Similarly, Pakistani officials were uneasy about describing their knowledge and role in the final pursuit of bin Laden. In both cases, U.S. officials were rather pragmatic on two accounts — they got the job done, no matter the details or whether either foreign government needed to save face. And in both cases, they overlooked the circumstantial evidence: either for corruption or looking the other way, it seemed incredible that either Escobar or bin Laden would not have been detected — both living in plain sight in the middle of a well-patrolled city.

There was another striking parallel between the cases of Escobar and bin Laden — both had become symbols of the violence they engendered, but neither was able to operate his respective terror network by the time they were tracked down.

By that time, smaller, lesser known cells were doing the dirty work, and devising means of pursuing their criminal enterprises. In Escobar’s case, no drug dealer became as well-known nor as powerful after him, but narcotics dealing became almost institutionalized at a low level. U.S. officials never won their War on Drugs, but were able to turn down the volume after Escobar’s death.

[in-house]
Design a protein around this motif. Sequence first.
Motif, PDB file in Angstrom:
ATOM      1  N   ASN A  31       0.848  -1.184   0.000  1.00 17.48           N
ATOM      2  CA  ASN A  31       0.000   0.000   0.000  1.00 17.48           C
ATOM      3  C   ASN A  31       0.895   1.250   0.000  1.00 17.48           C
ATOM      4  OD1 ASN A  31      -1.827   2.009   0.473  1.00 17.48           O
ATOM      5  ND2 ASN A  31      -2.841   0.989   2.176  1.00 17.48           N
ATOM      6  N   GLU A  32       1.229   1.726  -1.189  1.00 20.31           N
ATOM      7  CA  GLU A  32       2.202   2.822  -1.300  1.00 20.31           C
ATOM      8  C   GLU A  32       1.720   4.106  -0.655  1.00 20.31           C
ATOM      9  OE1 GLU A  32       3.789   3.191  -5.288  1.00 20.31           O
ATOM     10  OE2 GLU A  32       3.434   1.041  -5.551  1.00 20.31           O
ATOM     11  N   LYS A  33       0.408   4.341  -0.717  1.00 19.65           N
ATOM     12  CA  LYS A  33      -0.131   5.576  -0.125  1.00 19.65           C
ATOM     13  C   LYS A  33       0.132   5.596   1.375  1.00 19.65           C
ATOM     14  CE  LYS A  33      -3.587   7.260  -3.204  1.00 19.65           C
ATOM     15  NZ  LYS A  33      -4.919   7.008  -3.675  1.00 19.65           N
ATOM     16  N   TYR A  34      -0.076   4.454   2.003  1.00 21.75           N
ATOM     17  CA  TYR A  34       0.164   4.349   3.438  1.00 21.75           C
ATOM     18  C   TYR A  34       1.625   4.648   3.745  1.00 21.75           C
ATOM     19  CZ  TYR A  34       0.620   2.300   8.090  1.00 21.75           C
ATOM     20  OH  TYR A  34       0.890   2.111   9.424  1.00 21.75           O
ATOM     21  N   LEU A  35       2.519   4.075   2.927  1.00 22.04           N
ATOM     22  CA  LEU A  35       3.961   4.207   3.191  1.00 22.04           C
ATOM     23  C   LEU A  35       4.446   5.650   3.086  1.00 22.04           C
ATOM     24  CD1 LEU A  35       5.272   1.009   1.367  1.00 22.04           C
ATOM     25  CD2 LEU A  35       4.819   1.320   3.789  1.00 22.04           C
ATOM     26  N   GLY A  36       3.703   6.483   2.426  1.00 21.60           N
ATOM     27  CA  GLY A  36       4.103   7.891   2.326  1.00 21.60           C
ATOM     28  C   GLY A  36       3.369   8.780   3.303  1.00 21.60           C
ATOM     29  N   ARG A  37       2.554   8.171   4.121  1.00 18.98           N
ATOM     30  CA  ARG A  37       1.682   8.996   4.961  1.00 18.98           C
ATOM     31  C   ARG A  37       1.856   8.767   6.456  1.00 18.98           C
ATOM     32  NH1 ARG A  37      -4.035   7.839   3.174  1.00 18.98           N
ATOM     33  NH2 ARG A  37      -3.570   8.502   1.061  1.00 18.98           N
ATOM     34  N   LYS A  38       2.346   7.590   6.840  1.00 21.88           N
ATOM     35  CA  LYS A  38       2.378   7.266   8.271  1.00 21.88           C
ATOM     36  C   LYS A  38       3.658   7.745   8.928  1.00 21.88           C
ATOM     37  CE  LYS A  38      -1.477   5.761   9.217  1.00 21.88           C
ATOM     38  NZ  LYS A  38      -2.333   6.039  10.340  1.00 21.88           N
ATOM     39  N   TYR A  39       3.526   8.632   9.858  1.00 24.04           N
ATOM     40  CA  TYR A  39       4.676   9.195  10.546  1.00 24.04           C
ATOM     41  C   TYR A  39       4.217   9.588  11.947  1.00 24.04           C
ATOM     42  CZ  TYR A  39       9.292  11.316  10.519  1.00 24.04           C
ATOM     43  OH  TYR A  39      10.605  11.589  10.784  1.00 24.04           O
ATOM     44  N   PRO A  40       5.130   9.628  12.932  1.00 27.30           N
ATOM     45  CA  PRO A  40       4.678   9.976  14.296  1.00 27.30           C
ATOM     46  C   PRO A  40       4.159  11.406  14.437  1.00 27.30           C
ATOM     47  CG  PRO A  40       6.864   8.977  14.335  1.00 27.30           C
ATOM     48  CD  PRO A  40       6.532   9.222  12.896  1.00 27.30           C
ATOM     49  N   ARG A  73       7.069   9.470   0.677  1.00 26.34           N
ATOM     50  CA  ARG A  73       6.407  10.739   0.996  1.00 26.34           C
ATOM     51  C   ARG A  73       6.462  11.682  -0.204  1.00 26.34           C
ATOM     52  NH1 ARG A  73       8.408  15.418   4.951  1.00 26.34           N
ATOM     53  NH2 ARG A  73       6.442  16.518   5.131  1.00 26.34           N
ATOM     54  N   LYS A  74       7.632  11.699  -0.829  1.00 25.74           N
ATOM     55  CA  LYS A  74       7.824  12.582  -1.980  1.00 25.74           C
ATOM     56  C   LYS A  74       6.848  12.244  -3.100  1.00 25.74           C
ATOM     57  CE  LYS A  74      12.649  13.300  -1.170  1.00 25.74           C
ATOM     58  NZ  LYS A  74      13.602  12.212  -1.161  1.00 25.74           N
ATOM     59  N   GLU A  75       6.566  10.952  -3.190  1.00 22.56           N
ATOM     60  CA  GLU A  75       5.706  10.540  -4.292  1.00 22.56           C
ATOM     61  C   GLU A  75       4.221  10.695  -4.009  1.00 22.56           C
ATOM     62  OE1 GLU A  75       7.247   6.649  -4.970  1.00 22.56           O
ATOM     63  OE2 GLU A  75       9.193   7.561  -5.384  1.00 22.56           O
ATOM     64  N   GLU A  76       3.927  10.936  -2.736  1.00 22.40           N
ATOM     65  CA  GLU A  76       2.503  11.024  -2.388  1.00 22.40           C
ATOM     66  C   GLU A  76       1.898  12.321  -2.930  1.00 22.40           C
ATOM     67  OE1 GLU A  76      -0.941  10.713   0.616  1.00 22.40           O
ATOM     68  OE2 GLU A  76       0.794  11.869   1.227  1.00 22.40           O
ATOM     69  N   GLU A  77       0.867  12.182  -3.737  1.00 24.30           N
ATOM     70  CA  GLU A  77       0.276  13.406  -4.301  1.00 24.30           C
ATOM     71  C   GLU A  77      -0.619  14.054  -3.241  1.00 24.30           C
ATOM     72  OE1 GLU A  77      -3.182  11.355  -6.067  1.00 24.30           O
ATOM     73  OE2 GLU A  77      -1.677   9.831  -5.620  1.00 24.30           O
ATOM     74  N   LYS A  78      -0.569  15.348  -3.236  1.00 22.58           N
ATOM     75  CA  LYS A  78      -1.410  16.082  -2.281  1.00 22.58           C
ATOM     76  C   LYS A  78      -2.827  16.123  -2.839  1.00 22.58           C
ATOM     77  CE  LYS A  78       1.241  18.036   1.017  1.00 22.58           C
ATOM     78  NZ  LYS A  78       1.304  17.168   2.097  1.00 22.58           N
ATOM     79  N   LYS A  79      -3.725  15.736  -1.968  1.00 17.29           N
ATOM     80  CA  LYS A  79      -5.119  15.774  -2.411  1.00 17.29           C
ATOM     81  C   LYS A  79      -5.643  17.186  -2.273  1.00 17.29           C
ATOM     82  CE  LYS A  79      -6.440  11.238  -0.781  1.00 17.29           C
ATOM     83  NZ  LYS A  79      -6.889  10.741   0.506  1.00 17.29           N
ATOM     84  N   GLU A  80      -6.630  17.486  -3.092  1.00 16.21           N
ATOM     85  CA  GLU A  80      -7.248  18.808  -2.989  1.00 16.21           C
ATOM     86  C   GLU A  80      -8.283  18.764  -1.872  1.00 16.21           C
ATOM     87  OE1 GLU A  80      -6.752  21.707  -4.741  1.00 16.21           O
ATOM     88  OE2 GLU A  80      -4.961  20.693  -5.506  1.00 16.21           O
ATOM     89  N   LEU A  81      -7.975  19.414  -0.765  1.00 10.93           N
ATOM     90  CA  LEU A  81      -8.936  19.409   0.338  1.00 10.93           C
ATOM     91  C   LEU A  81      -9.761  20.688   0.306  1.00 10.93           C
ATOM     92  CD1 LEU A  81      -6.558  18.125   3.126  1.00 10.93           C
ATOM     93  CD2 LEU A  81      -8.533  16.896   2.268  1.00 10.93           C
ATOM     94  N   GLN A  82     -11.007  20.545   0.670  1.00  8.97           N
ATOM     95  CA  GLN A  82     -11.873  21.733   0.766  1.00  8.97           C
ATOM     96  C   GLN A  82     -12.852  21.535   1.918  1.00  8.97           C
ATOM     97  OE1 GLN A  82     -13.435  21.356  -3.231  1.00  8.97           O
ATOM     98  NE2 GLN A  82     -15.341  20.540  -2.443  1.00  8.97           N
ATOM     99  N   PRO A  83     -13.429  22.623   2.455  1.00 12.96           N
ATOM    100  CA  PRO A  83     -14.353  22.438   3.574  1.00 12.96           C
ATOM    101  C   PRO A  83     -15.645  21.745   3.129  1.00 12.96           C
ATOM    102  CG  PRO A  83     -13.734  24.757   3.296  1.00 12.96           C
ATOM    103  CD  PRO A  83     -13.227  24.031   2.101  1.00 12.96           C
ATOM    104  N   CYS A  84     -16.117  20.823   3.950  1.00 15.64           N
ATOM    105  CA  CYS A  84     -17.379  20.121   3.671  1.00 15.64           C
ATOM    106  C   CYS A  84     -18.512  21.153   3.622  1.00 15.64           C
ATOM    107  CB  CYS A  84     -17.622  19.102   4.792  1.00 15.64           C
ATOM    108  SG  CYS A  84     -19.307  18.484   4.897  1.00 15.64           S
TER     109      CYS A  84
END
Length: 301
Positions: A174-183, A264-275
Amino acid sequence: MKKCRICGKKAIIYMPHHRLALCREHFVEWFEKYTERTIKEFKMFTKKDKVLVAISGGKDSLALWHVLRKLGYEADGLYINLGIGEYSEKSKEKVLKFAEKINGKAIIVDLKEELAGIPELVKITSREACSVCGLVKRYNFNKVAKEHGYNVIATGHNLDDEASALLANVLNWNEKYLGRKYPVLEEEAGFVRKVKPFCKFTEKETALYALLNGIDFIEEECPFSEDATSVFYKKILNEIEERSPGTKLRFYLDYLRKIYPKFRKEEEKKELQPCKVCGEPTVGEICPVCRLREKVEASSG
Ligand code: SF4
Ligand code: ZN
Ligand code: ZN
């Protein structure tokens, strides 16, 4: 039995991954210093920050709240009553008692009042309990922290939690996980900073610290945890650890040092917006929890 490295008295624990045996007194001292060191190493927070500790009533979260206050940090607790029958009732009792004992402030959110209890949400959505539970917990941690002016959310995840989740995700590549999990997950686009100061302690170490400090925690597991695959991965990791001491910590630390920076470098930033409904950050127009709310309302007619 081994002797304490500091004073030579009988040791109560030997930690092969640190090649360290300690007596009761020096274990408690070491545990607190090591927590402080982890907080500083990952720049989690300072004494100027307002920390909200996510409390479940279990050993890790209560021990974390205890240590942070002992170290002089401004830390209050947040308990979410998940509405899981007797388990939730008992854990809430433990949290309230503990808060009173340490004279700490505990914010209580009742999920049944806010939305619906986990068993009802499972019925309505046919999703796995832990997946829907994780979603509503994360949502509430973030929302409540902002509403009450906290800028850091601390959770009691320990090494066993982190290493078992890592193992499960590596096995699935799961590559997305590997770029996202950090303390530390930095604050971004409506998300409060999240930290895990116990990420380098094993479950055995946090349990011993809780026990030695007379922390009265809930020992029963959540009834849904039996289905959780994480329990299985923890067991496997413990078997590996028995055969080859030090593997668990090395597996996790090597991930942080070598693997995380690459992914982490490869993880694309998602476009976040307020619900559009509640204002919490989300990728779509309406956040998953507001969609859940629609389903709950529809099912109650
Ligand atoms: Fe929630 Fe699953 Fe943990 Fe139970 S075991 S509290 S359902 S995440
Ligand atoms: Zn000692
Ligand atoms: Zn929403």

It remains to be seen whether bin Laden will have as mighty and newsworthy a successor, but U.S. officials have said many times that pursuing terrorism is a long term effort. Nevertheless, both of these central actors, bin Laden, and Escobar a generation earlier, have gone to early graves.

1 Comment

Filed under 1, Intelligence, Journalism, Latin America, Middle East

Ernesto Sabato, writer who led investigation of Argentina’s ‘Dirty War,’ dies at 99